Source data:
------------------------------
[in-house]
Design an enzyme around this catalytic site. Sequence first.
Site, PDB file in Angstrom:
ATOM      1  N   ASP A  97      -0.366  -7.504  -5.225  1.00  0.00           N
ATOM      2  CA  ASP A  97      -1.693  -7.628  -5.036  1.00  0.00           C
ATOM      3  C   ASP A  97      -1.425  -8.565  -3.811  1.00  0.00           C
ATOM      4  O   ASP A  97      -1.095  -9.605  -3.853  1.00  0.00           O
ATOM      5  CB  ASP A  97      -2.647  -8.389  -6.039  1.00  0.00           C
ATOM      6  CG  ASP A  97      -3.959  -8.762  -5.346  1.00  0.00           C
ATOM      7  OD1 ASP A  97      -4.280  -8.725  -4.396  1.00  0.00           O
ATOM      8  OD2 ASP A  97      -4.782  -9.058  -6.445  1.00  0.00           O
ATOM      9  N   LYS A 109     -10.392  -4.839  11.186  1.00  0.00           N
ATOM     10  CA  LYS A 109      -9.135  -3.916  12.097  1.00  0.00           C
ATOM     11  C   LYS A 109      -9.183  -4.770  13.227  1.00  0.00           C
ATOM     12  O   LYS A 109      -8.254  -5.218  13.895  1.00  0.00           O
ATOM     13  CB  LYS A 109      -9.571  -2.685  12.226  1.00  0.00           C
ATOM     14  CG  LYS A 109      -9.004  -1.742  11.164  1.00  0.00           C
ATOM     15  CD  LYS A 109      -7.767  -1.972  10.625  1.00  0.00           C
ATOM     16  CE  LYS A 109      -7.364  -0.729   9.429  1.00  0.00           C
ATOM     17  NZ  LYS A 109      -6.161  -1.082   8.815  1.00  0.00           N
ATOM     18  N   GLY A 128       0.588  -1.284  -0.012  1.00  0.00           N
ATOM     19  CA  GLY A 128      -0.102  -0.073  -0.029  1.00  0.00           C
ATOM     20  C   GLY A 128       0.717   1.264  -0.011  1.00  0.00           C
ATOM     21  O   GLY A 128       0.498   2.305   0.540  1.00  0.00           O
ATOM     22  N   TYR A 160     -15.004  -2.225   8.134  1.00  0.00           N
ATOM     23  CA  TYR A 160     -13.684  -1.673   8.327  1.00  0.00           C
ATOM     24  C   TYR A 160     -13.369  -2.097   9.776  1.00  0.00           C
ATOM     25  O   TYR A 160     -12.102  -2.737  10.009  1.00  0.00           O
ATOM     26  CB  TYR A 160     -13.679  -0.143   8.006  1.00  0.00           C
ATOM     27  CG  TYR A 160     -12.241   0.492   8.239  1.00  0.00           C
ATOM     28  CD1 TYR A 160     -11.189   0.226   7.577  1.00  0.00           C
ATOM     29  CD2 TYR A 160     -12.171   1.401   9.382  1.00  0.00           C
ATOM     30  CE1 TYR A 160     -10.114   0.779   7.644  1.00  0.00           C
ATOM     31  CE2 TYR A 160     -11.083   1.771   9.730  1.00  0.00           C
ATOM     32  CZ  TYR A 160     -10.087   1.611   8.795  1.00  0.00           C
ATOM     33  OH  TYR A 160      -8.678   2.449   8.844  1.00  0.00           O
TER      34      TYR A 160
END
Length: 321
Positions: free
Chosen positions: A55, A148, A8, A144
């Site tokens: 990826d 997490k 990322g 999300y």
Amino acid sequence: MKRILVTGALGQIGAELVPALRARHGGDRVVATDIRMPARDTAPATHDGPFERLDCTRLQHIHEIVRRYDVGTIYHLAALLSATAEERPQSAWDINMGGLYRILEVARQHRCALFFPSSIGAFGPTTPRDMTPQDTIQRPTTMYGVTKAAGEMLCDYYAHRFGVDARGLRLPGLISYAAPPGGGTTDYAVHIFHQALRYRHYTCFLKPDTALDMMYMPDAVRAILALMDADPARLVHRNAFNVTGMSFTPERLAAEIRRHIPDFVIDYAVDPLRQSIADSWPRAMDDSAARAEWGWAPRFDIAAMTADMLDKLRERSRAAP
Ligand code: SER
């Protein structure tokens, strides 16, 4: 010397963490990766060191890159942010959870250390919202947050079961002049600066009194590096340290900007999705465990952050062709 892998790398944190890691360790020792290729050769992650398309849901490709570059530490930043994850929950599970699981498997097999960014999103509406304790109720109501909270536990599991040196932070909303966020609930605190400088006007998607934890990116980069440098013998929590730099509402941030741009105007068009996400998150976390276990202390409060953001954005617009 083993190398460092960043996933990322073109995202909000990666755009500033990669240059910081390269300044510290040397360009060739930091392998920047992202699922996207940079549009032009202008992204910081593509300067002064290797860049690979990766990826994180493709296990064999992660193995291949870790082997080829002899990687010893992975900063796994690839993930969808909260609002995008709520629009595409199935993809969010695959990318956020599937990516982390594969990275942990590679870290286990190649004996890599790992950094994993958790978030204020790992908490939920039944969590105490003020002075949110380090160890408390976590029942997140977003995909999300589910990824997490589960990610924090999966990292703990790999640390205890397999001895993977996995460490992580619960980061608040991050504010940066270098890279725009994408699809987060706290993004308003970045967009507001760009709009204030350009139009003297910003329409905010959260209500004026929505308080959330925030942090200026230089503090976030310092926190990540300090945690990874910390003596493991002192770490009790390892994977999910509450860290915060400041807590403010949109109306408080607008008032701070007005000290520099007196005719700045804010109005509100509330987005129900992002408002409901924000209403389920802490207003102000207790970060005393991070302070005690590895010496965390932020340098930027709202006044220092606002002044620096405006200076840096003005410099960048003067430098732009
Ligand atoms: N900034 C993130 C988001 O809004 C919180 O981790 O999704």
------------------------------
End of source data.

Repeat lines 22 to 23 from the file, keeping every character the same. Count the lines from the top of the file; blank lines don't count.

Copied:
ATOM     19  CA  GLY A 128      -0.102  -0.073  -0.029  1.00  0.00           C
ATOM     20  C   GLY A 128       0.717   1.264  -0.011  1.00  0.00           C